10 Ways to Deal with the Heat at Disney World

10 Ways to Deal with the Heat at Disney World

10 Ways to Beat the Heat at DisneyI am a teacher. My parents are teachers. As such, we have always had to schedule any trips to Disney around school vacations. Because of this, we’ve always gone in August. Now, I’m sure you know that Orlando in August is a sauna, to put it mildly. I have always had issues with the heat, after getting what my parents think was a minor case of heatstroke as a kid. It doesn’t take much to make me want to melt into the pavement.

But I love Disney World, and I’m not going to let the temperature stop me. (Though someday, SOMEDAY, I’m going to go when I can wear jeans and a sweater.)

These tips are useful, and they usually help me when I’m getting to my limit.

Drink water. A lot of it.

This one is a bit self-explanatory. You have to stay hydrated, even when it seems like its oozing out your pores as fast as it comes in. Bring bottles of water with you, buy them, or ask at any quick service for ice water. Just make sure you’re drinking.

Take advantage of the AC.

Disney World, as a whole, has a lot of places where you can get out of the heat. The only park where I find this a challenge is Animal Kingdom, and I must admit that while I love the animals, I frequently opt for a shorter visit in the park just because it seems hotter than all the others. Regardless, take a break inside a shop or restaurant and cool off a little when you need to.

Use a mini fan, folding fan, or misting fan.

Some people may argue against this one, but several years ago, I was too hot, and my Dad was concerned and bought me one of the misting fans at Epcot. They’re expensive, but I’ve still got it, it still works, and I’ve pulled it out to pack and take with us this year. You can buy mini ones that clip onto your bag, you can just buy a little battery operated fan, or even a folding fan. (In the China pavilion, they’ve got lots, and they’ll personalize it!) They really are useful for moments when you can’t get into air conditioning, or your waiting in line for a ride, or you just need a little extra air. And as a bonus, when you eat lunch, ask for a cup of ice and put it into the mister bottle to keep the water REALLY cold.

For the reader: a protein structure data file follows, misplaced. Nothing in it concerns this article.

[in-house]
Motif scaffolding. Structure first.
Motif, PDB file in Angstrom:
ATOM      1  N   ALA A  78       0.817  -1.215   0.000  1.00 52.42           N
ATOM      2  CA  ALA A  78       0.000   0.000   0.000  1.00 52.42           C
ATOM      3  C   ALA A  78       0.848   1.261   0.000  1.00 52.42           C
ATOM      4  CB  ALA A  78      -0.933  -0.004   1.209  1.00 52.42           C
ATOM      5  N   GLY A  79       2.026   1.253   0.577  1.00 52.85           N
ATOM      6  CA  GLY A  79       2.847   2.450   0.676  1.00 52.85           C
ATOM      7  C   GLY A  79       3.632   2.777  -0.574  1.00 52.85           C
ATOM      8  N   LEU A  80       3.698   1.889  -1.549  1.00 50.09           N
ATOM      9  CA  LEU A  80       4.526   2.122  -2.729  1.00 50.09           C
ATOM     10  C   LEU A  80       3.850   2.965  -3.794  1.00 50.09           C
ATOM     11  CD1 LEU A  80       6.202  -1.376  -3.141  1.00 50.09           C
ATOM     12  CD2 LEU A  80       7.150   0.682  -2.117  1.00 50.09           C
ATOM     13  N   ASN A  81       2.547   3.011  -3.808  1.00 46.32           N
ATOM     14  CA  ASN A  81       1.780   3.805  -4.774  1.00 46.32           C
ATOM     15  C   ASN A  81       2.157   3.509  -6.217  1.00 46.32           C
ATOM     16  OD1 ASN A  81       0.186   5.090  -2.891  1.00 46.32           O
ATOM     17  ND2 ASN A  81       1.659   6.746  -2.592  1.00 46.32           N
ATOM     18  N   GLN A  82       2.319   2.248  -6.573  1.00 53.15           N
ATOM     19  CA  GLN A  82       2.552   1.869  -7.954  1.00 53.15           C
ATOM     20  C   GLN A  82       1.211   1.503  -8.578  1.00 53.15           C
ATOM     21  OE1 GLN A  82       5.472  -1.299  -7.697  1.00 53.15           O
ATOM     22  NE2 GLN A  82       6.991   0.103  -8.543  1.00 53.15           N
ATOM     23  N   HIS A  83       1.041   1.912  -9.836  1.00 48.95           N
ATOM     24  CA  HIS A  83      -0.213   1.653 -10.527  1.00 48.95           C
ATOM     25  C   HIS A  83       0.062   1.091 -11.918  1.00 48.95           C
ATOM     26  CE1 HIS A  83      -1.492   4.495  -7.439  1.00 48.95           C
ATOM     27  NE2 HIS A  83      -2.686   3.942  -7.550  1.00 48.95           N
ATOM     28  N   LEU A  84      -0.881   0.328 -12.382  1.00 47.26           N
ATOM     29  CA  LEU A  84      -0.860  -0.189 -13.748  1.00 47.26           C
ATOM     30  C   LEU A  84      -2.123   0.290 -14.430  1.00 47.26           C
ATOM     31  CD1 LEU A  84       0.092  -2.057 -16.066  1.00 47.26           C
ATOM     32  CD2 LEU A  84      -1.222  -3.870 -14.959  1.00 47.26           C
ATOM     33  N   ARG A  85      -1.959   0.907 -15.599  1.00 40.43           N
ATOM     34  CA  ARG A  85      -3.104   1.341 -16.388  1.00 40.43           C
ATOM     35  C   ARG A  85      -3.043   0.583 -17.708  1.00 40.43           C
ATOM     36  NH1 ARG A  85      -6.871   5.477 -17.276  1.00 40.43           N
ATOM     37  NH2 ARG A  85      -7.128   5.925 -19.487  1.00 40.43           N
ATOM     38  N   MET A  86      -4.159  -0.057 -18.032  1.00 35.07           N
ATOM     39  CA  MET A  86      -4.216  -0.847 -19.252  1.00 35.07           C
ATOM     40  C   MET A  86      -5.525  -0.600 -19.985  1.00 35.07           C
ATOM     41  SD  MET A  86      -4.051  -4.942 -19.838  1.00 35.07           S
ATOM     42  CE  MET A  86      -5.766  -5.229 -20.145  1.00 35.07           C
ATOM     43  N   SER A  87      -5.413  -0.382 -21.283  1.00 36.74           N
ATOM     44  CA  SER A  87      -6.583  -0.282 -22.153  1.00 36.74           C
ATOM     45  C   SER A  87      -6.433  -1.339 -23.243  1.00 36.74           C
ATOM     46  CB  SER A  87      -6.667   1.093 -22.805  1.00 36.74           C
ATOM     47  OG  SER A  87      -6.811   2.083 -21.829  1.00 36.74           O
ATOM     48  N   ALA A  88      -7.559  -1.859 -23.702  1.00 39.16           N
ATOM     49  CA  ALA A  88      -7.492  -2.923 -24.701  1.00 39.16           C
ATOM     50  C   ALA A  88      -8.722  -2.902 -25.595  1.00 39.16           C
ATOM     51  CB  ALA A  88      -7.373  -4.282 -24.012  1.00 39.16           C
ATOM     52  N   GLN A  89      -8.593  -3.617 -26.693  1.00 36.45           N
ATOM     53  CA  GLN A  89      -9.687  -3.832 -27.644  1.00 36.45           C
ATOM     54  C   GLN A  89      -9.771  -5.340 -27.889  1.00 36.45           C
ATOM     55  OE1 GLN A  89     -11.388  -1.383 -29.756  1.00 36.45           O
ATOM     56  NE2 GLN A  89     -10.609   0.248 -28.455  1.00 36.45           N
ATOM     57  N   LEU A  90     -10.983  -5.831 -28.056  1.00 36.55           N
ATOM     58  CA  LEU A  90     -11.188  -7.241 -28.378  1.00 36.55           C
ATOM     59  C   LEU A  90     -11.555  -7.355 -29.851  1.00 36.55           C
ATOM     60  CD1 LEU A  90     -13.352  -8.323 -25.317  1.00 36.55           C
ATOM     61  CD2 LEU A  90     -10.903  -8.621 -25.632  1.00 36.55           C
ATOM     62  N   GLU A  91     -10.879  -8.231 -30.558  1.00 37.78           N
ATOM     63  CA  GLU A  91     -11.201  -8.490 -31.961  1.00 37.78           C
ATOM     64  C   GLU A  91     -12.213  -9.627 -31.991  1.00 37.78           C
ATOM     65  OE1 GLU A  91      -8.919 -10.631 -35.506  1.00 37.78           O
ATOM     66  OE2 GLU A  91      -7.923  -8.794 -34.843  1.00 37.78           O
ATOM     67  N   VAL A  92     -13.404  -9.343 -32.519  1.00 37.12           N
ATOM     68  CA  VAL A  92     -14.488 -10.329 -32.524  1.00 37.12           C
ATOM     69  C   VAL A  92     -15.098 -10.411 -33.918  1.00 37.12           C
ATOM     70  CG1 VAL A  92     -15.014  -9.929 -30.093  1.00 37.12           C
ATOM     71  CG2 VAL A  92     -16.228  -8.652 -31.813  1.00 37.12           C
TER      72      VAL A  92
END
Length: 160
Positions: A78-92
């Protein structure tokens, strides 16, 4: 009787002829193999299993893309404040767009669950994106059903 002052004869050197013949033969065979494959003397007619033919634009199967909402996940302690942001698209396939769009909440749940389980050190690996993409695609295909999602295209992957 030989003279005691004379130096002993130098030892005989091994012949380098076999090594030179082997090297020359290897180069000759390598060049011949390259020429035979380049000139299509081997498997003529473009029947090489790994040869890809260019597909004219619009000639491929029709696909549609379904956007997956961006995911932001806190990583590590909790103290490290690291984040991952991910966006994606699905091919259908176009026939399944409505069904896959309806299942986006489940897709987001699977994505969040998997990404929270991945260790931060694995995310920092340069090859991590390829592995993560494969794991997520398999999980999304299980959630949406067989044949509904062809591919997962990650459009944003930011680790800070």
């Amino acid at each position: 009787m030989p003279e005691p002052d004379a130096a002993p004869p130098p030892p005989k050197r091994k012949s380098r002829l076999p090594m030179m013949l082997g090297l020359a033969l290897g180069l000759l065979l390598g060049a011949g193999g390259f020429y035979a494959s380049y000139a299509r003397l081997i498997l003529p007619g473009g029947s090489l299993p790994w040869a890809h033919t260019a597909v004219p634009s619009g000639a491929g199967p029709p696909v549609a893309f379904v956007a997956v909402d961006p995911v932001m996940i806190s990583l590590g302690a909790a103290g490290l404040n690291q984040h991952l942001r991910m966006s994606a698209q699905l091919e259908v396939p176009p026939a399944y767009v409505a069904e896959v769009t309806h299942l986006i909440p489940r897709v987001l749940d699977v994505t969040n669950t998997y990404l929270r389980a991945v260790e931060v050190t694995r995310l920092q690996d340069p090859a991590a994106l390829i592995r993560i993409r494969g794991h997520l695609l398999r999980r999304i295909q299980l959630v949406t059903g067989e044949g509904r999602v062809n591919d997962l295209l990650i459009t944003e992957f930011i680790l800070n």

Know your limits.

Maybe I should have made this one the first post, because it really is important. You have to know when to quit. There’s no point in powering through the parks, only to collapse somewhere between Big Thunder Mountain Railroad and Be Our Guest just because you didn’t say you needed a break. These people you’re likely with are your family and friends. They care about you. If people in your group want to go do their thing, let them. Having someone get seriously ill because of the heat will be way worse than slowing down and having to postpone a ride or two. My husband can handle heat far, far better than I ever could. He can go for hours. I can’t. I’ve learned that I have to say when I need a break, because he won’t always know. (Though he’s pretty good at realizing.)

Pace yourself.

This goes with the last one. Take your time. Its Disney! Don’t run through the parks (unless, of course, you’re doing a marathon or something. Then, by all means, run.) – enjoy yourself. Along with this, if you are staying on property, make sure you look up the Extra Magic Hours for the days you are staying. If a park opens earlier in the day, it might be a good bet to try that park. Same thing with staying open late. Nighttime is so much more comfortable!

Take a break midday.